Principles, not formulas, are the keys to successful training
By Lorraine Moller
There's a story told about Arthur Lydiard and his golden boys at the '64 Olympics in Tokyo. Down at the training track, with their rivals looking on, they ran an impressive interval session of 20 quarters. The next day one of these opponents, a talented interval-trained Canadian in his first Olympics, showed up at the track with his coach and proceeded to run the same session. Lydiard's boys cheered him on as he ran each interval faster than the last. When it was all done a reporter asked Lydiard what he thought of the kid's workout. "I think it was the last nail in his coffin," Lydiard replied.
"But your boys ran the same session yesterday."
"Yes, but my boys needed it."
Perfectly peaked, Lydiard's protege, Peter Snell, won two gold medals. His teammate, John Davies, won a bronze. The Canadian who had eclipsed the Kiwis' training run with his own failed to advance to the finals in his event -- as Lydiard had predicted.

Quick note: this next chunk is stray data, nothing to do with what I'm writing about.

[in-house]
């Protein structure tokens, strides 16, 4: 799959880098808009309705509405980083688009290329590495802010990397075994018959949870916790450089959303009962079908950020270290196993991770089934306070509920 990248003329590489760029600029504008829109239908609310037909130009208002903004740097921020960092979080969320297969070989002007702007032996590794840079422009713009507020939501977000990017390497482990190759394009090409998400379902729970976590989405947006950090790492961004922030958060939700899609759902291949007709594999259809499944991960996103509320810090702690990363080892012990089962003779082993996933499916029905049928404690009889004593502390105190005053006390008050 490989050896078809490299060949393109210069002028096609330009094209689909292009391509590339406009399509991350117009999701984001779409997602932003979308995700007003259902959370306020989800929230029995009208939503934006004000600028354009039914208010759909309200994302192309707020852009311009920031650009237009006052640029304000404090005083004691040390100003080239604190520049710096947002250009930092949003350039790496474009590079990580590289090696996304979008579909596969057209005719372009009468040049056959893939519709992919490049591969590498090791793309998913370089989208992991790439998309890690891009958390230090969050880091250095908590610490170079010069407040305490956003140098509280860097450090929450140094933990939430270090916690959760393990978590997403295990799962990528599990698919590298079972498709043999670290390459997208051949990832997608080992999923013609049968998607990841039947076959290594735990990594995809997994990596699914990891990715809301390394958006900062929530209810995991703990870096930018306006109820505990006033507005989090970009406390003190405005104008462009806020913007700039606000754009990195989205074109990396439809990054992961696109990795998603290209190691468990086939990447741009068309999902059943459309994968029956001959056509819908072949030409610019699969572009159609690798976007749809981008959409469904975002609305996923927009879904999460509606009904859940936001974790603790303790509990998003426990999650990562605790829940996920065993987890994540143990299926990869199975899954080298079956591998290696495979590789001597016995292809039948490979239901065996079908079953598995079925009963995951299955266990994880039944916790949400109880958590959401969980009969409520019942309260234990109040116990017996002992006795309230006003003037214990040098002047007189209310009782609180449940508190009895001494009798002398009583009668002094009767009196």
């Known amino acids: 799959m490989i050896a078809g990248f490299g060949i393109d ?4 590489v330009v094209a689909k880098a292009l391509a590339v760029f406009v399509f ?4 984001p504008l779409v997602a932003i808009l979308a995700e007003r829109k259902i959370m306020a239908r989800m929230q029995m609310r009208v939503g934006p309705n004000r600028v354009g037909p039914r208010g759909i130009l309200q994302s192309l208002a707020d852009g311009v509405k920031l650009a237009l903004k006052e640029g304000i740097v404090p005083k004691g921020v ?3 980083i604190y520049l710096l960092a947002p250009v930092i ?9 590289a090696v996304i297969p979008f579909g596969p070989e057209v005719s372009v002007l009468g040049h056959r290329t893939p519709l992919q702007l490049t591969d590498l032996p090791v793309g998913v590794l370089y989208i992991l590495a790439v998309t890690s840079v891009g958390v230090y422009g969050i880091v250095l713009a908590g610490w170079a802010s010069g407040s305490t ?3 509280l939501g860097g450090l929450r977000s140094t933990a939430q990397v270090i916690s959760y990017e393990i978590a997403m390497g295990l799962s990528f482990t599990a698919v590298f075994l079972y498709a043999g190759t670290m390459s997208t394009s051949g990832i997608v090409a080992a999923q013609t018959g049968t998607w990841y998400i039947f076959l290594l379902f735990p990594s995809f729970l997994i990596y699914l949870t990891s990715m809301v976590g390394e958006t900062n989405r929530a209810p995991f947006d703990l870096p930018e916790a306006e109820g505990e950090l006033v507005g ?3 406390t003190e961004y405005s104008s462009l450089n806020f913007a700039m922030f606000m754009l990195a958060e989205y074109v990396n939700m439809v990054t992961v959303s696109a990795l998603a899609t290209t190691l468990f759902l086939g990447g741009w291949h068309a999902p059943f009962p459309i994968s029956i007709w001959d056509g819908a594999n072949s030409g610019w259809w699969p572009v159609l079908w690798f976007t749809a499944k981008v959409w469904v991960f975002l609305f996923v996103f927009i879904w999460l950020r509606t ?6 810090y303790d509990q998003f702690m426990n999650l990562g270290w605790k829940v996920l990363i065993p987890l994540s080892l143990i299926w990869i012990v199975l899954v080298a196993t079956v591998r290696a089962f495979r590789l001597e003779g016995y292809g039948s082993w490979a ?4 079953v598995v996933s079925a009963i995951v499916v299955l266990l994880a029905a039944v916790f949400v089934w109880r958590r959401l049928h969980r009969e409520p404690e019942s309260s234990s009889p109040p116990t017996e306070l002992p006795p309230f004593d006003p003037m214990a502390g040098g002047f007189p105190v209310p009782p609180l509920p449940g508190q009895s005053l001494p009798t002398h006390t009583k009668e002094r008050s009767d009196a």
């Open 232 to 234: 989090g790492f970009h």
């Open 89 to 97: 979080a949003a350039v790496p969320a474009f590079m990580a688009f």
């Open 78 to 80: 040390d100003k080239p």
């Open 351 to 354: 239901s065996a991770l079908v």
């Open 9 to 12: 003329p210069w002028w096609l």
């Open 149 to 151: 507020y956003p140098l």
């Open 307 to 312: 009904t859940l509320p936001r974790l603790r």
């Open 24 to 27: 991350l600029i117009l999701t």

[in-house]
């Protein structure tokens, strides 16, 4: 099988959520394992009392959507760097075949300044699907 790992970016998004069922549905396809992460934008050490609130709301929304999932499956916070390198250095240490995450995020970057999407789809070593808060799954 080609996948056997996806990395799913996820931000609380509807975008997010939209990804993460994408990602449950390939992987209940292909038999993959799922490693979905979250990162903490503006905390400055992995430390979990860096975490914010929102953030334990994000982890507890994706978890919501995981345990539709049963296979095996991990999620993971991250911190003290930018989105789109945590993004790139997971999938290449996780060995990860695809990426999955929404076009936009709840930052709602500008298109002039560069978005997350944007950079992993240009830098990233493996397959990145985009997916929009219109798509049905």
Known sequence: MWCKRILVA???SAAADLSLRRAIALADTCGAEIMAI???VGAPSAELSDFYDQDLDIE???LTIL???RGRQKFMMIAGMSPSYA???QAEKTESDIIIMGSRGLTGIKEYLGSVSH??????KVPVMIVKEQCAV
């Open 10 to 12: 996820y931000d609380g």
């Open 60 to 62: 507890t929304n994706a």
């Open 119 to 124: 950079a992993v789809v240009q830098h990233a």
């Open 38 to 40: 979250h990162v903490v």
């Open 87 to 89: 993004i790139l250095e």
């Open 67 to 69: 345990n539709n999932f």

One of my former coaches, Ron Daws, often quoted the above story to illustrate his axiom: "Good training and bad training look exactly the same on paper." Twenty quarters can bring one runner to his or her peak and bury another in a hole. Daws, adhering to Lydiard's philosophy, recognized that stand-alone workouts mean little; it is their contextual application to the advancement of the athlete's goal that matters. Training, then, is not a series of numbers that can be universally applied but is rather the art of combining measure, timing and sequence to the specific needs of the individual. Herein lies the brilliance of the coaching of Arthur Lydiard.
My first coach, John Davies, the same Lydiard protege who won bronze in Tokyo, called Arthur to ask him how to adapt the training for a promising 14-year-old girl. He didn't want to wreck me. Arthur advised him to build a base by increasing my mileage. I began on regular runs, soon reaching my target of 40 miles per week, which I continued for some months. There were never any hard and fast rules that are regularly attributed to Lydiard, such as the 100-miles-per-week mandate, but rather a careful consideration for my age, gender, ability, fitness and event. And that's how it was for the next 28 years of my career as an international athlete under the guidance of three consecutive Lydiard coaches: Davies, Ron Daws and Dick Quax. My schedules were never replicated in content; however, the principles that defined them as good Lydiard training (and outlined in this article) were unwavering.
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